Macquarie University
01whole.pdf (8.43 MB)

Fluorescence and random lasing in disordered media

Download (8.43 MB)
posted on 2022-03-28, 11:00 authored by Wan Zakiah Binti Wan Ismail
Random lasers have fascinating and useful properties, and may be applied in fields such as sensing, imaging, spectroscopy, material processing, optical displays and new lighting systems. This thesis, ''Fluorescence and random lasing in disordered media" aims to provide an experimental study of incoherent random lasers and to demonstrate a new sensing application for these lasers. In this thesis, we study the spectral and coherence signatures of threshold in random lasers using alumina and Rhodamine 6G under nanosecond-pulsewidth pumping. We compare coherence properties (temporal and spatial coherence) with emission spectra and study the effects of particle concentration and scattering length for the weakly scattering and diffusive random laser regimes. The threshold, as defined by changes in the visibility of the interference fringes, is consistent with that defined by changes in the emission peak intensity or in the emission linewidth. We investigate radiative and non-radiative energy transfer processes from Rhodamine 6G (donor) to Methylene blue (acceptor) to fabricate efficient infra-red random dye lasers (> 700 nm). The energy transfer efficiency is influenced by acceptor concentration, pump energy density and spectral overlap, and the optimum random laser performance is achieved when the concentration of Methylene blue is 6 times the concentration of Rhodamine 6G. A Stern-Volmer analysis is used to quantify the radiative and non-radiative energy transfer. Colloidal-solution and solid-state random dye lasers (Rhodamine 6G and Rhodamine 640 with alumina and gold nanoparticles) are characterized based on the wavelength shift of the emission peak, local field enhancement, fluorescence quenching, absorption and scattering properties. The improved performance of metal-based random lasers is attributed to localized surface plasmons. We also investigate the effects of metal-fluorophore distance and surface roughness of nanoparticles on the characteristics of random lasers. The surface plasmon resonance of silver changes with increased silver-fluorophore distance, and is also affected by the surface roughness of silver-gold bimetallic nanoparticles. Increased silver-fluorophore distance increases the lasing threshold and slightly blue-shifts the emission peak due to self-absorption. Random lasing for Rhodamine 640 / lumpy bimetallic (silver and gold) nanoparticles is compared to random lasing for Rhodamine 640 / silver nanoparticles. We investigate the possibilities of random lasing from active nanoscatterers, ruby and zinc oxide, but these systems operate below threshold and emit fluorescence and amplified spontaneous emission only. Finally, we demonstrate a new dopamine measurement technique using threshold and spectral measurements in gold/dye random lasers. The presence and concentration of dopamine is detected through the random laser emission peak shift, emission linewidth, emission peak-to-background ratio and random lasing threshold. Considering these parameters, dopamine is most sensitively detected by a change in the emission linewidth with a limit of detection of 1 × 10⁻⁷ M. Potential future work is to develop the random laser measurement technique to be suitable for clinical use.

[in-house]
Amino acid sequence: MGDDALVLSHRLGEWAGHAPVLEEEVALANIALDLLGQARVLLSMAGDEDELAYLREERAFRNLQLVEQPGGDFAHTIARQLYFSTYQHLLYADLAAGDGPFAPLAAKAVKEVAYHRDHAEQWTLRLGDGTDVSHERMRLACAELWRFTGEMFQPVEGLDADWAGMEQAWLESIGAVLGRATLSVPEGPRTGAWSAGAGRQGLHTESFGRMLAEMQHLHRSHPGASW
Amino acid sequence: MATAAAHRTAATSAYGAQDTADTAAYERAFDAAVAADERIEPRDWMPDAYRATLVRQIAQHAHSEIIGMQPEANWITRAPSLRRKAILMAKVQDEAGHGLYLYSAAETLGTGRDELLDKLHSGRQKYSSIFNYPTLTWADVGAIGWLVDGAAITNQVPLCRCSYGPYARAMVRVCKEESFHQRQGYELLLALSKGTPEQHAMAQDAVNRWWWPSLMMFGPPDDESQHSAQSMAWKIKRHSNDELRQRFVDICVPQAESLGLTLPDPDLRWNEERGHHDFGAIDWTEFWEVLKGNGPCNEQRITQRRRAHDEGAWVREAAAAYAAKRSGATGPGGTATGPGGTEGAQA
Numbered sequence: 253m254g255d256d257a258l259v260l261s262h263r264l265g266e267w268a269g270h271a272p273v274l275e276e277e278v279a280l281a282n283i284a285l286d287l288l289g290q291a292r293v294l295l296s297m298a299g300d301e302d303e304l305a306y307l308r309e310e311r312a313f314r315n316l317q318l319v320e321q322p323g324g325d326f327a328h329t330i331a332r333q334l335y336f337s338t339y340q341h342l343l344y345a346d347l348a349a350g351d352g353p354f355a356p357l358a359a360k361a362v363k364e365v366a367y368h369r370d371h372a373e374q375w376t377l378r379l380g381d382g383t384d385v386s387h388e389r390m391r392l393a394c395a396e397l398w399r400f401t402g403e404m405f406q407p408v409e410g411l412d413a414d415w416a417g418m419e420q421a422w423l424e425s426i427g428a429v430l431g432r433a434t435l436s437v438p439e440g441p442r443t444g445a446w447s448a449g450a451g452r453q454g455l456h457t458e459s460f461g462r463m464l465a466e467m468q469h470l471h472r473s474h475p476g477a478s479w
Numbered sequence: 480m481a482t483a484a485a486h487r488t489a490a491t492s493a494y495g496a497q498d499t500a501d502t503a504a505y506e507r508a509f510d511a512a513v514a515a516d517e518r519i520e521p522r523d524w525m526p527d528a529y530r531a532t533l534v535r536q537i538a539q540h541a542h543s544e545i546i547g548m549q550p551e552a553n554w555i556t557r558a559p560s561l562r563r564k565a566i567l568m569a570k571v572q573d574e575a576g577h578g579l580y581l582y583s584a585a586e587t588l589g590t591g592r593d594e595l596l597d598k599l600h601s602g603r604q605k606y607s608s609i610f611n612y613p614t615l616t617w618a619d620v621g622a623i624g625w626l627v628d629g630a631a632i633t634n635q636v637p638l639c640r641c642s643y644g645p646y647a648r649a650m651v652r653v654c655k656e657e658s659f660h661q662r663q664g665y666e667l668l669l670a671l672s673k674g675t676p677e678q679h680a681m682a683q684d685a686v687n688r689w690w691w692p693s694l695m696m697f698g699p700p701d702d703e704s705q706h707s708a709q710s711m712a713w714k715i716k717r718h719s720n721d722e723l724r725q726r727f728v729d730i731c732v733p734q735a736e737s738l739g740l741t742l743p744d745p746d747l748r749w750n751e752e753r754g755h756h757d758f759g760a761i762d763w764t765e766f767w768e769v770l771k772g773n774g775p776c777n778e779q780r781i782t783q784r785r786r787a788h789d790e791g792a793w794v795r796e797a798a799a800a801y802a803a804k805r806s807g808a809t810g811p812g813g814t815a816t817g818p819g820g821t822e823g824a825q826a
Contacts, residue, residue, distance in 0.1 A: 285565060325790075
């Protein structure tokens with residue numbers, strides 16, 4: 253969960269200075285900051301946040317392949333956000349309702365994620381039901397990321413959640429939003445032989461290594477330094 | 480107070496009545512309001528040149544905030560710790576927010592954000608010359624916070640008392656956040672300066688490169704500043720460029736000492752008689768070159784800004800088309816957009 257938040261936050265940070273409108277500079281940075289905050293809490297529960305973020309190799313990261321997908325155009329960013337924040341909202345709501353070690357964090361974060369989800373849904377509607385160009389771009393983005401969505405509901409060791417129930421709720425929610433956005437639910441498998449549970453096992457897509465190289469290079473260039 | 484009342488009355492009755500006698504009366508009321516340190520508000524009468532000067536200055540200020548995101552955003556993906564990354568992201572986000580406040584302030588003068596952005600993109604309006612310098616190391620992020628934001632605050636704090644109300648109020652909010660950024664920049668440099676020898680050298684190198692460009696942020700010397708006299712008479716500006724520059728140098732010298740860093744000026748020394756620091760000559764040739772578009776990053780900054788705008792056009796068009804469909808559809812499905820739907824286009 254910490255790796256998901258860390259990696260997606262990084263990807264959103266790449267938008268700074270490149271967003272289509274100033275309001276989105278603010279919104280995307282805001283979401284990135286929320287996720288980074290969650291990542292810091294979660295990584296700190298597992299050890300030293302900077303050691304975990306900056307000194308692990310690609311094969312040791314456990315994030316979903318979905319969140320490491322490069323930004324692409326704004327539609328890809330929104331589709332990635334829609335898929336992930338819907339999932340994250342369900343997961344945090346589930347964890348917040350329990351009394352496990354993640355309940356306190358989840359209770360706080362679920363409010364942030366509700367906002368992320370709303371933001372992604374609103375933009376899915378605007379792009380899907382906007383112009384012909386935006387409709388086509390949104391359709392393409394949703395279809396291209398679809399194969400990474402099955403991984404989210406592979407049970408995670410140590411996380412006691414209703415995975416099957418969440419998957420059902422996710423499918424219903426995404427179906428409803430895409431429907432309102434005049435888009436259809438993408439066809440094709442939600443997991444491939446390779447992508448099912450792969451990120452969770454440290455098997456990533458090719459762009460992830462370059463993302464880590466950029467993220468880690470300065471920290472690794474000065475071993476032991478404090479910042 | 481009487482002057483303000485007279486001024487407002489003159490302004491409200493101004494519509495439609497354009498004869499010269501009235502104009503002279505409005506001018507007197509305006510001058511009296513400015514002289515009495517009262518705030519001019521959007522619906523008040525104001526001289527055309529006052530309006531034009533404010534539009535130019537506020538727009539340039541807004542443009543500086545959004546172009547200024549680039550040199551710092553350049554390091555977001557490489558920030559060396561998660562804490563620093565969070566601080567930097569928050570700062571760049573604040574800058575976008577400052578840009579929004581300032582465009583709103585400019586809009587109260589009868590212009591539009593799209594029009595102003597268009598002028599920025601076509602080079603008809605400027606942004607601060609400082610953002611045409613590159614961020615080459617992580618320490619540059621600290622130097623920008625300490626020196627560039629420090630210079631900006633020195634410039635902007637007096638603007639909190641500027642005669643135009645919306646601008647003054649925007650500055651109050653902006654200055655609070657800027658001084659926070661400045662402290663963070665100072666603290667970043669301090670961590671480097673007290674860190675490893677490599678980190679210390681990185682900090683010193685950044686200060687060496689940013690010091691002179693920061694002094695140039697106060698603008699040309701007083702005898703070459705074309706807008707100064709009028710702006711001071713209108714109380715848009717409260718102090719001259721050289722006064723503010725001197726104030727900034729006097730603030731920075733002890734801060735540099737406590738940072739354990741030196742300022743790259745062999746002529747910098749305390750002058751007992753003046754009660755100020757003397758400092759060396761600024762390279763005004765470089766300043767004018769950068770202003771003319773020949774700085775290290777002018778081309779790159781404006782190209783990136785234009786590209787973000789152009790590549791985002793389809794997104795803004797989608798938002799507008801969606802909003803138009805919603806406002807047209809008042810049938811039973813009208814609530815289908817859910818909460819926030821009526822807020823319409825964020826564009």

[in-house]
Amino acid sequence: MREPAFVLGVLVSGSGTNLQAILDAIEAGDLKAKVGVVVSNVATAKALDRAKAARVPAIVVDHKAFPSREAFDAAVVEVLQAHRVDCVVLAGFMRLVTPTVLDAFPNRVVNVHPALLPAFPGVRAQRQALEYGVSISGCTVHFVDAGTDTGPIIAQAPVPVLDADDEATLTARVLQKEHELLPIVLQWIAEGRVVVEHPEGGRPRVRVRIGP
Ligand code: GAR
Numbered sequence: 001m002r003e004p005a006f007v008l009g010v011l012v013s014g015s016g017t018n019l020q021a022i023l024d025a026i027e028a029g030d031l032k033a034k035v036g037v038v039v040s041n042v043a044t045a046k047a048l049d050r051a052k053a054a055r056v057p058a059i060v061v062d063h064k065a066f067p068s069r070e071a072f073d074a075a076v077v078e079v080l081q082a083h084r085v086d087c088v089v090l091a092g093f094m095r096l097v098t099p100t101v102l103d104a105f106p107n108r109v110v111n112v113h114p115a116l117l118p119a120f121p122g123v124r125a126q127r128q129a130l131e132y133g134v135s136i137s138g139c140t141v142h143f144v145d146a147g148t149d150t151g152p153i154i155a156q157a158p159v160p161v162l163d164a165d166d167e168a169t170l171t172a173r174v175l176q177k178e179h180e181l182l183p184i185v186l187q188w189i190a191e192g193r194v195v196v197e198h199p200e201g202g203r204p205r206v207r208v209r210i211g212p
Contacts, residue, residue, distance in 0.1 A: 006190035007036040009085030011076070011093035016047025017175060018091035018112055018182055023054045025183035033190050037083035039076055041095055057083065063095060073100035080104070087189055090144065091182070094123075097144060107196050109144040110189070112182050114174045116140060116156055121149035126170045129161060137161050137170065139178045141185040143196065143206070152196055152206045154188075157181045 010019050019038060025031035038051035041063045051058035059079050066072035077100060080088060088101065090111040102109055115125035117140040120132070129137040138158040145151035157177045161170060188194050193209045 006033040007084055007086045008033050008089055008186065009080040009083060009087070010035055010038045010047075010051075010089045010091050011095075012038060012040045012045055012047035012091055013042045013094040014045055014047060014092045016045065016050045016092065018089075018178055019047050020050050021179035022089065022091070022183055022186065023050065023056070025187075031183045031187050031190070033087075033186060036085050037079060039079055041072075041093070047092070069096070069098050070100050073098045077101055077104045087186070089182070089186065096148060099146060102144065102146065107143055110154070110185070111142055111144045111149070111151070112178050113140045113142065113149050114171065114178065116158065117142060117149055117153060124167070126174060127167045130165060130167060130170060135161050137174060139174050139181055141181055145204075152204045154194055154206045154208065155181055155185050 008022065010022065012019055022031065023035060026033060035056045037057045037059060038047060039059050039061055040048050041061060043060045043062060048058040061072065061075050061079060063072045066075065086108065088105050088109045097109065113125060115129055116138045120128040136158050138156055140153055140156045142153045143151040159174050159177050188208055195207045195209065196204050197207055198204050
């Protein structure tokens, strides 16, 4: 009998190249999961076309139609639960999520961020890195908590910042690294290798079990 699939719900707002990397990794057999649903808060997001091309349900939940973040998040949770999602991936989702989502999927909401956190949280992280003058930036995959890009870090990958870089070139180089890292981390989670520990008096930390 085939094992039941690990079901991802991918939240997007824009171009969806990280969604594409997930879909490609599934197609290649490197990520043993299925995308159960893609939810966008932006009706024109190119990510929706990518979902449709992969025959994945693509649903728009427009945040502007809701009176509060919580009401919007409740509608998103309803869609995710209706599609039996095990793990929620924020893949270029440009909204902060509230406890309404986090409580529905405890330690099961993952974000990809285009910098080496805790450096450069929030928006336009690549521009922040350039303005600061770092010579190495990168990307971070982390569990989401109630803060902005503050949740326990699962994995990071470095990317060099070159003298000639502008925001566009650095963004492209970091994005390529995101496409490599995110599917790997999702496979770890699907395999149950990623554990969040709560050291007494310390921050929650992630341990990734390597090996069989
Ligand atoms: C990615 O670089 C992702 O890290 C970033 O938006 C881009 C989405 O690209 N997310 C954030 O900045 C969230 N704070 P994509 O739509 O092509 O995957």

Table of Contents

Chapter 1. Introduction and background -- Chapter 2. Emission of active nanoparticles in disordered media -- Chapter 3. Spectral and coherence signatures of threshold in random lasers -- Chapter 4 Extended emission wavelength of random dye lasers by exploiting radiative and non-radiative energy transfer -- Chapter 5. Plasmonic enhancement of Rhodamine dye random lasers -- Chapter 6. Effects of metal-fluorophore distance and surface roughness on random lasers -- Chapter 7. Dopamine sensing and measurements using random lasers -- Chapter 8. Conclusions and future work.


Bibliography: pages 198-207 Theoretical thesis.

Awarding Institution

Macquarie University

Degree Type

Thesis PhD


PhD, Macquarie University, Faculty of Science and Engineering, Department of Physics and Astronomy

Department, Centre or School

Department of Physics and Astronomy

Year of Award


Principal Supervisor

Judith Dawes


Copyright Wan Zakiah Binti Wan Ismail 2016. Copyright disclaimer:




1 online resource (xii, 213 pages) colour illustrations

Former Identifiers


Usage metrics

    Macquarie University Theses


    Ref. manager